Tiring of Huerta and feeling more secure, Madero fired him in October. Again. Never one to make a quick decision, Madero was finally leaning towards pardoning Villa, when he learned that Villa had bribed a clerk at the prison and escaped on Christmas Day 1912, making his way to El Paso, Texas. Villa contacted Madero asking for an amnesty and position of military commander in Chihuahua. Madero was persuaded to grant the amnesty by Governor Gonzalez.
The Ten Tragic Days (February 9-19, 1913)
Having quashed rebellions led by Reyes, Felix Diaz and Orozco, Madero’s position should have been secure but the opposite was true. Madero had failed to build up revolutionary forces to balance the army, which was allied with the rich elite. Instead, he had demobilized the revolutionary armies that had brought him victory against the federal army, and he handled the demobilization in such a way that the soldiers felt that they had been badly treated. His lack of a clear political agenda and inability to actually do anything for the poor villagers meant that he did not win popular support or many votes for his party during the June 1912 election. The rich oligarchs should have been happy with him but they both despised him personally and did not trust that he had their interests at heart. Most important, they had feared men like Zapata, Orozco and Villa, so when Madero broke with the rebel leaders, he lost their protection.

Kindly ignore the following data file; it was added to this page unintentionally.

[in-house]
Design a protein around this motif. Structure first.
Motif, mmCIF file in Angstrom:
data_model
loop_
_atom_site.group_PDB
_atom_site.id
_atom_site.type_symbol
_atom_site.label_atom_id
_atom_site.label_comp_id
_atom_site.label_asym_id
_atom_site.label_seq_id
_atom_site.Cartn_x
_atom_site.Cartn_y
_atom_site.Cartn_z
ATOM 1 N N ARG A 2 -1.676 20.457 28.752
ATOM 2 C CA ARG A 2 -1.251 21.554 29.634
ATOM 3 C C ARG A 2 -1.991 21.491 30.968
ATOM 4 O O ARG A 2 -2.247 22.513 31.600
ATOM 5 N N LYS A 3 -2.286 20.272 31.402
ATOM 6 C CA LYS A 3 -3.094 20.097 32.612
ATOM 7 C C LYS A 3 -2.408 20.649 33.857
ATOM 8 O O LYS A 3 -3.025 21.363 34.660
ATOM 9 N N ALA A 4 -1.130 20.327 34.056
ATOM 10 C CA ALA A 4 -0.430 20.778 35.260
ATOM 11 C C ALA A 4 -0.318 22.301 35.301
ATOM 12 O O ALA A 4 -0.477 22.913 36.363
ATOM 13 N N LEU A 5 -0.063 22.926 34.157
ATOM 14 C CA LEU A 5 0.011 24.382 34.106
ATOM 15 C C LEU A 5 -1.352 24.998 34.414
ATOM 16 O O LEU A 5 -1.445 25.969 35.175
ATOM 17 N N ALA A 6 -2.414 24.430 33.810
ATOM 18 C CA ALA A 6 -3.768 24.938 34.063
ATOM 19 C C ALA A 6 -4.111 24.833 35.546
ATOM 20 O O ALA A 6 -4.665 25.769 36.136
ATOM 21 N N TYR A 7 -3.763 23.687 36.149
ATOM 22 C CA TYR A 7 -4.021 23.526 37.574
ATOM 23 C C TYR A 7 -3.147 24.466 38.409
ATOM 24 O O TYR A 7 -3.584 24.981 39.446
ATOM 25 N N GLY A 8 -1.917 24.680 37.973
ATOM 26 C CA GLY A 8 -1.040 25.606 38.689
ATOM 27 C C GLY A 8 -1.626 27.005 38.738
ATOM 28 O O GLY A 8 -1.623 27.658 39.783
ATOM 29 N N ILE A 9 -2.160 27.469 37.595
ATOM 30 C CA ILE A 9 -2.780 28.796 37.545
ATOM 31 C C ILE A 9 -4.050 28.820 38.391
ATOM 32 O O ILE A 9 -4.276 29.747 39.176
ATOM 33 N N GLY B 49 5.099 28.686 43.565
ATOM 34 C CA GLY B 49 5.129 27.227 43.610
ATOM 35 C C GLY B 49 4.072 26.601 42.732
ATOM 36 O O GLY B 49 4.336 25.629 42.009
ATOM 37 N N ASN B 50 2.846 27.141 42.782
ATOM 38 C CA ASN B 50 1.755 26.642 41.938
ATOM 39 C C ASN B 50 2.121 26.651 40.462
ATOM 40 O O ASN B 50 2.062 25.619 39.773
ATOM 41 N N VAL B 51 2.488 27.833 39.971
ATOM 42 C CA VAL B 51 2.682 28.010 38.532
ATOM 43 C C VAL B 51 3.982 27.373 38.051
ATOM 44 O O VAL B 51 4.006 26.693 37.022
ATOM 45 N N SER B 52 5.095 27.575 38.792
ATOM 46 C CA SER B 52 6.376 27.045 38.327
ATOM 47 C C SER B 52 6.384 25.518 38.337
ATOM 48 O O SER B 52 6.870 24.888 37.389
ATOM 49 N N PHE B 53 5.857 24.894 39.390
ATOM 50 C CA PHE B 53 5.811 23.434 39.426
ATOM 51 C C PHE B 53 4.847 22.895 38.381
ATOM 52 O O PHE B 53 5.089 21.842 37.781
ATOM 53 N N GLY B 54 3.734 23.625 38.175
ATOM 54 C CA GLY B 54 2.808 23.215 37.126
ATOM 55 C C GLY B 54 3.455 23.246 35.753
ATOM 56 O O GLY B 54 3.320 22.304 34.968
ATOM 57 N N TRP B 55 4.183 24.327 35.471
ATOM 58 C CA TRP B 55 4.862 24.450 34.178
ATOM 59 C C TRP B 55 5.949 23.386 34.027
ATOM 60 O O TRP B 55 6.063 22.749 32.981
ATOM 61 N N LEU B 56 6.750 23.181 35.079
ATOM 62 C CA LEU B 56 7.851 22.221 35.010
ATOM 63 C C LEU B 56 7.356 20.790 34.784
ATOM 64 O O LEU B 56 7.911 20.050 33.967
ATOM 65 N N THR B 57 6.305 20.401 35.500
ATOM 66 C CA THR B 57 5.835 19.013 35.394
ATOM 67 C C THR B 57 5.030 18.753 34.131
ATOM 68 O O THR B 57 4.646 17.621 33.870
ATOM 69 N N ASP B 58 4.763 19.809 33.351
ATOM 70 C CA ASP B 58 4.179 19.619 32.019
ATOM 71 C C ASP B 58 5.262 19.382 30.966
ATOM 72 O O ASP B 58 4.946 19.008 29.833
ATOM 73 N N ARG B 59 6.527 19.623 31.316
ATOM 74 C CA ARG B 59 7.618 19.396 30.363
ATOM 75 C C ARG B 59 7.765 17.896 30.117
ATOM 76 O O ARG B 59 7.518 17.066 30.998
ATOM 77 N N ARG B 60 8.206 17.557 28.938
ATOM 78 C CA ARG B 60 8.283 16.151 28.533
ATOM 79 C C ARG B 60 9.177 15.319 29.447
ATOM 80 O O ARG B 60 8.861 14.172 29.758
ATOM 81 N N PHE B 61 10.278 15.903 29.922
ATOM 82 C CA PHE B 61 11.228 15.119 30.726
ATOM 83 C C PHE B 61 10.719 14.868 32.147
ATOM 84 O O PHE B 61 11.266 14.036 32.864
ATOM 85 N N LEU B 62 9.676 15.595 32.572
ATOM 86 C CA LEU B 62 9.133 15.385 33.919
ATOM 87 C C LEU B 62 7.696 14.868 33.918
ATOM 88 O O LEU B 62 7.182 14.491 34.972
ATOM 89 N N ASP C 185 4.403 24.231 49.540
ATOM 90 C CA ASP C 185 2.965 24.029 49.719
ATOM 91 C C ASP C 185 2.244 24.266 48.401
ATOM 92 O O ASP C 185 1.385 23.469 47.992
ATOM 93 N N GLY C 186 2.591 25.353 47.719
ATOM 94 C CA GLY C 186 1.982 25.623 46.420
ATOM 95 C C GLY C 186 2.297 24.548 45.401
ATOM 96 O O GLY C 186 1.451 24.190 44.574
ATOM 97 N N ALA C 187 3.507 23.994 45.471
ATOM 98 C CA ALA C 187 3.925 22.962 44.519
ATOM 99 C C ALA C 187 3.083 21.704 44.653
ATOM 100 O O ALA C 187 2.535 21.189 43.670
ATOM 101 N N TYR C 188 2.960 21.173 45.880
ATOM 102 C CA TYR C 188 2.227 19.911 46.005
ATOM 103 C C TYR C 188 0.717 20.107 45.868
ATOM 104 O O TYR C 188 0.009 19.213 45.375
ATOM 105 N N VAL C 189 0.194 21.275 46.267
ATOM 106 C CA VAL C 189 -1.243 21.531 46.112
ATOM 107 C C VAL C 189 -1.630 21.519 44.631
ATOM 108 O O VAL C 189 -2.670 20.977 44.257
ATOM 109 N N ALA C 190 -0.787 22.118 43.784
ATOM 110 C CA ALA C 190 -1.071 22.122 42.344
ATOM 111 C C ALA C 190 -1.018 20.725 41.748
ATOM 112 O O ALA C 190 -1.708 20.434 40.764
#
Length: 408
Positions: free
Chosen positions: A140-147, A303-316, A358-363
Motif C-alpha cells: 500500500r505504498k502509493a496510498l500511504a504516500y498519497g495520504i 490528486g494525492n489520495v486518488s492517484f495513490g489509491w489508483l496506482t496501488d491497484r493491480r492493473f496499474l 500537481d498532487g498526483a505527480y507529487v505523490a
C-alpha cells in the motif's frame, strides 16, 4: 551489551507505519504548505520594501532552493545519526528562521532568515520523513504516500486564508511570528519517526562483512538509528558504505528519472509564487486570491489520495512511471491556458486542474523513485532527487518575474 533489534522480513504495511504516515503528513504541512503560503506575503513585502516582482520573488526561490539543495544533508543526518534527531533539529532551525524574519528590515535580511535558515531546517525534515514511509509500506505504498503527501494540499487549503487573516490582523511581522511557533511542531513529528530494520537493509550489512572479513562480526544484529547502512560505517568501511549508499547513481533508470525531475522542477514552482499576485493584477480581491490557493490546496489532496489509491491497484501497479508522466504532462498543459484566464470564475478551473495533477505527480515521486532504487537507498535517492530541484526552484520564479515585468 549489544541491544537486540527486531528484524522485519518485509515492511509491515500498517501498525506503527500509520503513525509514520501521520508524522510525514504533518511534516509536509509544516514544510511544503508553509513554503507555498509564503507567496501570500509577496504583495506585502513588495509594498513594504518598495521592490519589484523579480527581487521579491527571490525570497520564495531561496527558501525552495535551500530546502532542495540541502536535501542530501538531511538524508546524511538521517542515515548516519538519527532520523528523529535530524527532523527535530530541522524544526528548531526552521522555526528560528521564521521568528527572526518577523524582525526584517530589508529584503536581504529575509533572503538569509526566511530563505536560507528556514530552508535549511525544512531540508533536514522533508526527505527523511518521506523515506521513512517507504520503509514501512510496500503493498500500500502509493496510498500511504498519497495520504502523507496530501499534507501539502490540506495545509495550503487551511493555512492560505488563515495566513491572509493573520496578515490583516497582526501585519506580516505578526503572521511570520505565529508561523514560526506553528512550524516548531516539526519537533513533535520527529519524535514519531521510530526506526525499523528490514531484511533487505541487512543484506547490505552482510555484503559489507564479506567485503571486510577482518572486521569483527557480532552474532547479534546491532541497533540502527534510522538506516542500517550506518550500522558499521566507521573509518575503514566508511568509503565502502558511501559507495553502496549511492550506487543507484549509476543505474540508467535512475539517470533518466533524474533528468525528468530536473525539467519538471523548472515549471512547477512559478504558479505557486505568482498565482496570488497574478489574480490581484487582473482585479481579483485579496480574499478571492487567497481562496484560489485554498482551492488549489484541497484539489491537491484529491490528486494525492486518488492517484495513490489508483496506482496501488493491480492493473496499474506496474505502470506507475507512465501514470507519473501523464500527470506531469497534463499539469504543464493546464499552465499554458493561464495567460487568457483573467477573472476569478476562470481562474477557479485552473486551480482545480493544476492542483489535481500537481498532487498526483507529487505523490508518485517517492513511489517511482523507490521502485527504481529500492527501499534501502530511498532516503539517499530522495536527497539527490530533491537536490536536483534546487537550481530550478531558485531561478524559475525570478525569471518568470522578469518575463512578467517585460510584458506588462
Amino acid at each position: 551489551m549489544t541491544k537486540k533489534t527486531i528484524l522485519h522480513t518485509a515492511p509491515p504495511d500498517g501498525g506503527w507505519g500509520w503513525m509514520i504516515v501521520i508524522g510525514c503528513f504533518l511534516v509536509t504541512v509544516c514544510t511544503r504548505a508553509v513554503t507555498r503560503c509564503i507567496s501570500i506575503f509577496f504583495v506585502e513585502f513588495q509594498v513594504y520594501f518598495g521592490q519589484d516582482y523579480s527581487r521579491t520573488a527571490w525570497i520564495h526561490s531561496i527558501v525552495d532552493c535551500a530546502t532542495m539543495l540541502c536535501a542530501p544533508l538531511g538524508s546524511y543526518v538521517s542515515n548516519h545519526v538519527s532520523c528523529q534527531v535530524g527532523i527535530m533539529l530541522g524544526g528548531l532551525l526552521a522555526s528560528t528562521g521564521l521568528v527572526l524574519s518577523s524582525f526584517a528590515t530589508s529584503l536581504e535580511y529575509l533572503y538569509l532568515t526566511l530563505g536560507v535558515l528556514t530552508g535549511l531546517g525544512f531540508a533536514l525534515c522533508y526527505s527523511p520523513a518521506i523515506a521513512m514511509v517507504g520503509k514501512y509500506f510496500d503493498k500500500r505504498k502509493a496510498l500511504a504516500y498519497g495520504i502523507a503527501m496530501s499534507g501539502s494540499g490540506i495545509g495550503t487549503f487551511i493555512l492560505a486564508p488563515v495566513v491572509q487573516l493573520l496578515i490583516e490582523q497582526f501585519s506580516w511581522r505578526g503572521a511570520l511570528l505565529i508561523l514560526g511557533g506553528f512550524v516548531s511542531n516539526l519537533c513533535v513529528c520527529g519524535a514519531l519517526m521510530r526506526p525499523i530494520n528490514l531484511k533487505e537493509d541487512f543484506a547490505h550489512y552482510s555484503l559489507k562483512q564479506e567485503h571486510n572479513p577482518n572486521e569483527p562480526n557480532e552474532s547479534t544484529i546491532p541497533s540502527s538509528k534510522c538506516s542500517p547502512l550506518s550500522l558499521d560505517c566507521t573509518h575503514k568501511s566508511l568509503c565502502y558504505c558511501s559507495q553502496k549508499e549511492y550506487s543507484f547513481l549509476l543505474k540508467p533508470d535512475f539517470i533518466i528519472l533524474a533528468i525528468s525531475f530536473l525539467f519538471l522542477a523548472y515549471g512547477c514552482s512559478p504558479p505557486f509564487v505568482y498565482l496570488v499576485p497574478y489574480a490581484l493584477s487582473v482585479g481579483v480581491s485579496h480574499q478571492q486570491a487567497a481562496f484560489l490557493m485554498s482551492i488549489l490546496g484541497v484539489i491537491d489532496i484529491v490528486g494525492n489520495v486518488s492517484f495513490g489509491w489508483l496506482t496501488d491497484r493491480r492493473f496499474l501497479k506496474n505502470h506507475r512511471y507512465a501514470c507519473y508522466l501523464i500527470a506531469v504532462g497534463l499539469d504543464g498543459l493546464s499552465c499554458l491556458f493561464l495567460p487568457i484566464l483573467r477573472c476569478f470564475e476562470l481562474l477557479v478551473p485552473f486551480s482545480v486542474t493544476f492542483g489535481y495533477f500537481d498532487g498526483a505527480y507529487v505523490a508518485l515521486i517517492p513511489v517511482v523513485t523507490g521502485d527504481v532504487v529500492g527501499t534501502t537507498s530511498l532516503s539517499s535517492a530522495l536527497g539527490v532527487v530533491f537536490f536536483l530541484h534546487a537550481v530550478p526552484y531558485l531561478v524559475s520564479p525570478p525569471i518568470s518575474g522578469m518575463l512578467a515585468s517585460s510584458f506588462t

American ambassador Henry Lane Wilson, a friend of Huerta, hated Madero with a surprising passion, and constantly lobbied Washington to intervene to defend American interests in Mexico. Taft had realized that Wilson was insane but wanted to avoid the embarrassment of recalling his own ambassador just before Woodrow Wilson took office, so he left Wilson in place until his successor could deal with it. Learning that he would soon be recalled, Wilson conspired with numerous generals to overthrow Madero.
Called the Tragic Ten Days, the coup started on February 9 when troops led by General Manuel Mondragon, a Diaz loyalist, who had been allowed to return from exile in Havana, seized the prison holding Reyes and Diaz. Mondragon and Cicilio Ocon, a close friend of Porfirio Diaz, had labored to bridge the gap between the reyistas and the felicistas, repeatedly reminding their fellow plotters that success depended on unity. Since Reyes and Diaz had both rebelled, they should have been executed, but Madero was too squeamish to permit the execution of gentlemen. Few officers would commit to the plot until concrete action had been taken, and Huerta was the most notable among those who refused, likely because he would not accept serving under either man. Although the conspiracy was not revealed, rumors spread of a conspiracy, which were fortunately ignored by Madero.